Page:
“Even if one accepts that the investors are not acting fraudulently by trying to mislead the competent authorities with fictitious data, it is certain that they are acting with complete ignorance or even indifference to what ecological disaster they are about to cause.”
Panagiotopoulos protested against construction plans threatening the natural landscape of the Asterousia natural and archaeological landscapes. He and others are also concerned with developing strategies for the preservation and development of cultural heritage. Panagiotopoulos also asserted that in his opinion “It is inevitable that this drama will soon be played out again in the same or another area of the island.”
So, here we are discussing the onset of an investment/development catastrophe a thousand times more destructive than a single business venture at a lone site represents. Ringing the entire island with five-star beach resorts would be preferable, compared to transforming the land of the ancients into a battery for Europe, feeding hedge fund investors.
Dr. Panagiotopoulos summarized what the correct path for the development of Crete should be. He wrote that European Union funds and programs should be used to eliminate potential disasters. His argument that there should be intermediaries who truly represent the helpless public in a scientific and unbiased manner reads, in part:
“Archaeologists, geographers, environmentalists and other scientists must be given the opportunity to actively participate in these action plans. Locals must finally be informed that raping or sacrificing a landscape on the altar of reckless economic development is not a one-way street.”
Destruction Disguised as Progress
The image above shows the future development of wind and photovoltaic production, storage, and distribution systems already in operation or at various stages of development. If you close in on the map, you can easily see wind and solar farms encroaching on pristine and historic landscapes like Dia Island, where the legendary Jacques Cousteau once searched for remnants of the fabled Atlantis. Dia, viewed from the marinas and beaches near Heraklion, would look like a spectacular bird grinding machine instead of a protected wildlife refuge. The incredible Lassithi Plateau, where the god Zeus was born, will be rimmed in wind turbines. Wind power stations in the bowl of the plateau and turbines atop the ridges of the stunning Crete landscape already have operating licenses.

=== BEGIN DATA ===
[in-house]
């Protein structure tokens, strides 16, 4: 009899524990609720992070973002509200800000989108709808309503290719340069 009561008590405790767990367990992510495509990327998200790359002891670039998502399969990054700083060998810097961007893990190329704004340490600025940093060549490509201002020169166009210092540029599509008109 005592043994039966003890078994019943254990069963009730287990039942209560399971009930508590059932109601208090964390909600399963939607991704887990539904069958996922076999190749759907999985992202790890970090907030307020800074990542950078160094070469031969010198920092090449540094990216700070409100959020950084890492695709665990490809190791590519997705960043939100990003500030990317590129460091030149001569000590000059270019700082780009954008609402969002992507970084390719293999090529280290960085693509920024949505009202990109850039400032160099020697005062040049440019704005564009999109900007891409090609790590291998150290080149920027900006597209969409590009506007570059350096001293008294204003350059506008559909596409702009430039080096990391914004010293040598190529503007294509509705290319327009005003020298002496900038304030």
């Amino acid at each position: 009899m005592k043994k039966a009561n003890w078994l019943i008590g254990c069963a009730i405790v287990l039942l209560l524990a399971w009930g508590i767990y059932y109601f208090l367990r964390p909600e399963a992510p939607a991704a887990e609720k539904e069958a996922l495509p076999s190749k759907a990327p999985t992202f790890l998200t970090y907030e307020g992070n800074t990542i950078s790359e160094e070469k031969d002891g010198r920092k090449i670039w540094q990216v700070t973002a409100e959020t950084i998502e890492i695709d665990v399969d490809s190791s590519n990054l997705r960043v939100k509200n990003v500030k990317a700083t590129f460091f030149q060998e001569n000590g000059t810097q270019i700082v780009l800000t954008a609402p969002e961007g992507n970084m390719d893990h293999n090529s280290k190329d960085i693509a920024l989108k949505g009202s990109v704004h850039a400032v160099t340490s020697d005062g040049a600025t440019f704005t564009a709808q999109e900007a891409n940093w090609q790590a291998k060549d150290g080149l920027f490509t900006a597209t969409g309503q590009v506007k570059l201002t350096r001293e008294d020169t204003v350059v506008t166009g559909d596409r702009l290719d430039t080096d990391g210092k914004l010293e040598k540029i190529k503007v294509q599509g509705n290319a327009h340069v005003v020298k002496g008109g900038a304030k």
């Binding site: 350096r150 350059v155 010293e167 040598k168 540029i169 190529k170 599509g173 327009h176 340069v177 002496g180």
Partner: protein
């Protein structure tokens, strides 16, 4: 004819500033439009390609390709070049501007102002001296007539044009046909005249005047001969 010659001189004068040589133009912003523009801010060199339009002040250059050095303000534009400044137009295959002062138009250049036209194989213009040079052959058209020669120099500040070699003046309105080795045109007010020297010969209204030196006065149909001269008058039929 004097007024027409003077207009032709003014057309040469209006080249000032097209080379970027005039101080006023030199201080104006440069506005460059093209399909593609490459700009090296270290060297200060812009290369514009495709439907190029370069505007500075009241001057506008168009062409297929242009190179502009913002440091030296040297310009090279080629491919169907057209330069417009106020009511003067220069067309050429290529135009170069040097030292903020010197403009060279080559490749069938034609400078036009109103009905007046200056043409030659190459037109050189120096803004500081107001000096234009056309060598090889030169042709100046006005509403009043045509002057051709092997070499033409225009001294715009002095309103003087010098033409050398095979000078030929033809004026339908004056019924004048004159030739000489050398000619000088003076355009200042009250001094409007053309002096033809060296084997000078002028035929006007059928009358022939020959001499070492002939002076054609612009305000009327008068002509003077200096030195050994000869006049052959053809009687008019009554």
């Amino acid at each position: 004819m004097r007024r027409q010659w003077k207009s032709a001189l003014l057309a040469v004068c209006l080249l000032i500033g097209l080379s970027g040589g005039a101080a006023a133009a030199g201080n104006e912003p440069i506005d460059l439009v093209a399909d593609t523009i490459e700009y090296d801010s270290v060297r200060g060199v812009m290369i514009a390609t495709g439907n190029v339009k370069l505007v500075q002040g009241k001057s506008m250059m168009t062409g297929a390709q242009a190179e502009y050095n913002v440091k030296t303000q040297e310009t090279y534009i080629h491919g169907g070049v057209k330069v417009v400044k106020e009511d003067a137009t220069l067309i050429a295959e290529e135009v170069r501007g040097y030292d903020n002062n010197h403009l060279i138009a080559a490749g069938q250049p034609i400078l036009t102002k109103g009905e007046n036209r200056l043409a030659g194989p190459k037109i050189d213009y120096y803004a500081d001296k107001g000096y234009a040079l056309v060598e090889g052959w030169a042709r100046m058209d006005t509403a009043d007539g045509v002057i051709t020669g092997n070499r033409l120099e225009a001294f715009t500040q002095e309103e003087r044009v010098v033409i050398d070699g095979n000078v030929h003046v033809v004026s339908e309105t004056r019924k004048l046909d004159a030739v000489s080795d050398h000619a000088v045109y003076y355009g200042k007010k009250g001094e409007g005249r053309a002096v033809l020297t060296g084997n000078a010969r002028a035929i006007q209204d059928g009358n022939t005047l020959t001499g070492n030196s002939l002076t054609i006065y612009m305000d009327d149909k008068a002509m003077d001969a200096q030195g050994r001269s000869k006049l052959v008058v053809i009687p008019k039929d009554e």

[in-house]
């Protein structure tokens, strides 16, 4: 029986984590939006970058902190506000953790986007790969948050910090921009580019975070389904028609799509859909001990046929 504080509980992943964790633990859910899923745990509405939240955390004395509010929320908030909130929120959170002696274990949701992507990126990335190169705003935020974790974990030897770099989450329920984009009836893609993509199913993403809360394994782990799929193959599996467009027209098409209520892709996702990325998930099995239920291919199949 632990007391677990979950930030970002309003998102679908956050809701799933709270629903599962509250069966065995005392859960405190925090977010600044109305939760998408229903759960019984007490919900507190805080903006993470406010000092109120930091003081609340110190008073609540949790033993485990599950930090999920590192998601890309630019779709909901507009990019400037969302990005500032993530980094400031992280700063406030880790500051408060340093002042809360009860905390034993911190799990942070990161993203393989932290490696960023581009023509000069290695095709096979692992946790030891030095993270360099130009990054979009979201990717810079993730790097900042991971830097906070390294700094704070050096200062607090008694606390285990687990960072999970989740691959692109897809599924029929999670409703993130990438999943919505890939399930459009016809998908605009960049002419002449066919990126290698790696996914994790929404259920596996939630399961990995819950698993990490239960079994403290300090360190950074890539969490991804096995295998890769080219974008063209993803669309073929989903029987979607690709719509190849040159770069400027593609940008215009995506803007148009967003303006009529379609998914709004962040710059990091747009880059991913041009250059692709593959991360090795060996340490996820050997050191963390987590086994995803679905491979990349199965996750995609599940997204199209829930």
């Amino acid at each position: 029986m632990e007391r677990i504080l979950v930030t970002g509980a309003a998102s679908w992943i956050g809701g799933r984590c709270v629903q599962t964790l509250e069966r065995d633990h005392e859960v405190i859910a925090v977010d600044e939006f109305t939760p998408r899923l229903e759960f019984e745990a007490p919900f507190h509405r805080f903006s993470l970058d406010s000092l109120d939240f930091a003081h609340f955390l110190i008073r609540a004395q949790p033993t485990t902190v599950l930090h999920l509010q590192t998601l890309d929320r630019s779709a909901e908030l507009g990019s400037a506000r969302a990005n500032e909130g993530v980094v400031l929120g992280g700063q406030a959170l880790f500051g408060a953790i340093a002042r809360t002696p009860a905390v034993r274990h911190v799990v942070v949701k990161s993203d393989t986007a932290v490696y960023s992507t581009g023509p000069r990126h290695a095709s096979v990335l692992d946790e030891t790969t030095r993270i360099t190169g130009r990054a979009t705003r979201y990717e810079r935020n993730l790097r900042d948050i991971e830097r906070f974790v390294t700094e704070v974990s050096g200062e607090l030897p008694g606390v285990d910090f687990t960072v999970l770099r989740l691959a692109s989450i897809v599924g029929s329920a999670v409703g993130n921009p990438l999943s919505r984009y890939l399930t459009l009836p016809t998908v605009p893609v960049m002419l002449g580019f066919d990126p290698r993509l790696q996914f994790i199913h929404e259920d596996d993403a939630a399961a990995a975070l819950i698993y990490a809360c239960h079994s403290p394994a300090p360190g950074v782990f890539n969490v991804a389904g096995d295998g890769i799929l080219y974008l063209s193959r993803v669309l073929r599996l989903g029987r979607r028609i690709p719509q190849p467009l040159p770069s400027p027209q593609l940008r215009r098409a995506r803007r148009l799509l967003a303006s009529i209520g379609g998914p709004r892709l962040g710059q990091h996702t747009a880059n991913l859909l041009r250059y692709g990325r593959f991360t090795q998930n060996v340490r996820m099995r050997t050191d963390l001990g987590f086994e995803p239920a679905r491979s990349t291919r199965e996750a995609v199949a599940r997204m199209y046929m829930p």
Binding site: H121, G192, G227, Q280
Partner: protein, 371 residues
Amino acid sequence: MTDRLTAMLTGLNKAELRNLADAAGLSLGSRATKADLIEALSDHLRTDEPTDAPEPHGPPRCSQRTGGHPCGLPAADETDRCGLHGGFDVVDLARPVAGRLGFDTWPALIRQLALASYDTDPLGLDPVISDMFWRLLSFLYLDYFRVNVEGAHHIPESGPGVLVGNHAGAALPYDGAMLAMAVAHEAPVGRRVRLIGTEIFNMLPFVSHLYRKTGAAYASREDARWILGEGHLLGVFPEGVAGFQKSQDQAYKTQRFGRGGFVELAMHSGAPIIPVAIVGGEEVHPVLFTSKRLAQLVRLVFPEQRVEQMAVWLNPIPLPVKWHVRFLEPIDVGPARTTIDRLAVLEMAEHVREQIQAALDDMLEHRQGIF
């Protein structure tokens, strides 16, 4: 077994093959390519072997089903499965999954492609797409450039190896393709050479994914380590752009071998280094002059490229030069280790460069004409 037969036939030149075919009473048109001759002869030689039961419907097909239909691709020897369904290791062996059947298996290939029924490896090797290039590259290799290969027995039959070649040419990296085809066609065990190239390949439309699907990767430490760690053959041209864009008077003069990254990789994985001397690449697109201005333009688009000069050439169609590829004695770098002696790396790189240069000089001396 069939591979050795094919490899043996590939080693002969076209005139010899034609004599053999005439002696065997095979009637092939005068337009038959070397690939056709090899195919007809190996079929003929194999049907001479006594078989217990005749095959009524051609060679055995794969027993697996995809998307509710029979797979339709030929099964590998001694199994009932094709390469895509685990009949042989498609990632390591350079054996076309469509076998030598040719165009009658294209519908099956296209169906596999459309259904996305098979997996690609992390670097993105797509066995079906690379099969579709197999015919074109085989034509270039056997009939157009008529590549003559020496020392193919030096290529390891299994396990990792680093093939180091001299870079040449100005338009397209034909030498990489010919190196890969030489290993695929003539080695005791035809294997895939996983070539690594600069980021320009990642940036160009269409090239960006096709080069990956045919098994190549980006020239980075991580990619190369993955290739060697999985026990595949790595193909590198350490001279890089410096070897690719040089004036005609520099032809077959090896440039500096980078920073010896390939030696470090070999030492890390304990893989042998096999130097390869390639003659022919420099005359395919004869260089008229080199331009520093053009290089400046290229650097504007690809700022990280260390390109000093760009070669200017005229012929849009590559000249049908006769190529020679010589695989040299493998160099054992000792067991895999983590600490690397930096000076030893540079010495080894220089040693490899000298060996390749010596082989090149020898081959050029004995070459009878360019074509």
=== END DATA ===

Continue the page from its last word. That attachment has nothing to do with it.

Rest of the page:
In addition, the view to the Southeast from the long-lost Palace/Temple of Galatas will also be obscured by giant windmills. Visitors to the world-famous Matala and the hidden Red Beach on the Gulf of Mesara can look up on a moonlit night and see row after row of winding sentinels dotting the mountainous landscape. The plan to install a photovoltaic farm and windmills overlooking Agiofarago Gorge and Beach is even more stupid. This is another of the projects under consideration. These examples do not even illustrate the irreparable damage such developments will have on the small local villages. The whole soul of Crete Island would be transformed. And God knows what archaeological treasures or animal species may go asunder. Farther to the East, Zakros Palace/Temple will be surrounded by a pair of photovoltaic farms. The entire Far Eastern end of Crete is slated to be energy collection central if the extent of planned development there is accurate. I could go on, but the map tells the story.
Energy trading licenses are already being granted by RAE, such as the one for 100MW for a 20-year period granted to MET Austria Energy Trade GmbH. To be clear, the Greek government has already set plans for running energy to Austria and Southern Germany to help those countries’ citizens and the industrial base. In addition, few Greeks know of a second undersea cable system Attica-Crete HVDC Interconnector, which will trade energy to Cyprus and Israel. It will be the integral segment of a 1,518km trans-border HVDC cable system to connect the electricity grids of Israel, Cyprus, and Greece with the European transmission network.